First Posted: 7/10/2012 12:59:23 PM | Last Updated: 7/10/2012 12:59:23 PM
One of the South East’s last remaining kittiwake colonies is back and breeding well, the RSPB can reveal.
The first chicks have begun to hatch at Seaford’s Splash Point, East Sussex indicating a successful year for this important seabird colony.
Kittiwakes, medium-sized gulls with black wing tips, only come to shore once a year to breed. The East Sussex cliff-top colony, made up of around 1100 pairs, has become increasing significant in recent years as kittiwakes struggle to breed in strongholds along the coast of northern England, Scotland and Wales.
Declines at these larger colonies are thought to be connected with a lack of sand-eel fish in the seas around the sites, most likely linked to climate change. The sand-eel is the kittiwake’s main food source. Population declines have led to the kittiwake being amber listed as species of conservation concern.
Kate Whitton, Date with Nature project officer at RSPB South East, said: “Sussex’s kittiwake colony seems to be doing well, which is welcome news, especially as their numbers have been declining nationally over the past few years, and another local colony at Newhaven, which has been steadily decreasing over the last few years, has no nesting kittiwakes at all this year.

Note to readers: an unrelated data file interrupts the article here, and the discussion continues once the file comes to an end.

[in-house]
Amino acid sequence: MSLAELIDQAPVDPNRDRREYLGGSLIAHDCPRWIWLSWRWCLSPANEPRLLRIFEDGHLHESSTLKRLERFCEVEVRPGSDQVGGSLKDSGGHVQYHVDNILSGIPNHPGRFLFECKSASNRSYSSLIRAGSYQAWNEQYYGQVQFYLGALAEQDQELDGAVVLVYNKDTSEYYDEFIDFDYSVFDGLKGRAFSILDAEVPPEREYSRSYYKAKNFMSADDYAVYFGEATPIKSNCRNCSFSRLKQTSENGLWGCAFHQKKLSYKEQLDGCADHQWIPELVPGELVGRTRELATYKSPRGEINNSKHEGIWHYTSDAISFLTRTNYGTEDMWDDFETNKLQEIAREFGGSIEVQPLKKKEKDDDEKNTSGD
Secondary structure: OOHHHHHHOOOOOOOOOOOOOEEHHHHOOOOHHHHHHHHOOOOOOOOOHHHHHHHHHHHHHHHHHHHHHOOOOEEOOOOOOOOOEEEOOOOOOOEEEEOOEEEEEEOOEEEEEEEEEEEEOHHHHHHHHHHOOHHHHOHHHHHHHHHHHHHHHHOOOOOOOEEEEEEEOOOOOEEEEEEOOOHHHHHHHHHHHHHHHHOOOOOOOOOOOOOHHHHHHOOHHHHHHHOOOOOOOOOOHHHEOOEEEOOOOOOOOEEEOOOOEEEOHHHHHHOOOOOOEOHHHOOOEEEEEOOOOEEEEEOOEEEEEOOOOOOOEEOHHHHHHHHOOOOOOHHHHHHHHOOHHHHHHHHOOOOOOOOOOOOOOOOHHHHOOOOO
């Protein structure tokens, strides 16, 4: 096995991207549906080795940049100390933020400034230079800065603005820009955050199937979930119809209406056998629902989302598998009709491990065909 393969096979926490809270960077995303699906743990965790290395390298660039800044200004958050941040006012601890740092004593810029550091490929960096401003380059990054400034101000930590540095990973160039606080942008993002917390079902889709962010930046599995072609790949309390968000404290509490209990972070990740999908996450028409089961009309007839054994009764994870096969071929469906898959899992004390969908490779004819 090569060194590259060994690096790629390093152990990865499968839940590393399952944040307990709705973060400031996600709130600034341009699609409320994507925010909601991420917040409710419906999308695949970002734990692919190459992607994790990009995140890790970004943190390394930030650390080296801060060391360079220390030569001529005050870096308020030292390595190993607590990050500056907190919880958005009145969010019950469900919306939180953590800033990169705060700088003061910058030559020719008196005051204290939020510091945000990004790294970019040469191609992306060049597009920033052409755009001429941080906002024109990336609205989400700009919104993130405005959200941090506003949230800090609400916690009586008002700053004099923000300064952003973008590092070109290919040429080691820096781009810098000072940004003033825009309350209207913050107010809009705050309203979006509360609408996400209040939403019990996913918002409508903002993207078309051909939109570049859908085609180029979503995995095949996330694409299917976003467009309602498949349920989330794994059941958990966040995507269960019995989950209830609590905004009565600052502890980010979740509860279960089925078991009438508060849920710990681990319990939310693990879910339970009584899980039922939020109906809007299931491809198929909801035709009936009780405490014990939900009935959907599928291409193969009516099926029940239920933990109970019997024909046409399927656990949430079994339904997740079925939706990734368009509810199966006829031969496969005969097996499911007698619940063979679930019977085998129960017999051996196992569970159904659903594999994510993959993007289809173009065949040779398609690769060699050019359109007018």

“But hopefully by the end of next month we should see the Seaford chicks fledge and start swooping over the cliffs and the sea just like their parents.
“Splash Point is an incredible colony to watch. You’ll hear the kittiwakes’ unusual ‘kitti-waaark’ calls, and see countless chicks nesting on ledges so steep they take your breath away.”
Visitors can enjoy Splash Point’s kittiwake colony with the RSPB on several dates between 28 June and 5 August. Binoculars and telescopes will be provided, allowing visitors to get close-up views of the kittiwakes as they raise young.
A Date with Nature at Splash Point comes during a time of crucial lobbying by the RSPB and other conservation bodies for increased protection of seabirds and other marine wildlife.
Most seabird nesting sites are already protected, but the areas where they feed at sea are not, meaning that these species are only generally afforded protection on land.
The UK Government has an international commitment to designate a comprehensive network of marine protected areas by the end of 2012. But the RSPB says that for seabirds, at least, the UK is on course to fail because the number of sites being considered is woefully inadequate and in some cases seabirds are being excluded from the designation process.
Through the Safeguard our sea life campaign, the RSPB and other conservation groups want a coherent network of marine zones to be created and given legal protection to ensure the health of the sea, and the survival of the wildlife that depends on it.
The RSPB’s Date with Nature staff and volunteers will be at the Splash Point viewpoint on 28 June, 25 July, and 1 & 5 August from 10am – 4.30pm, however these dates are weather dependant, so if you are planning a special trip please call ahead.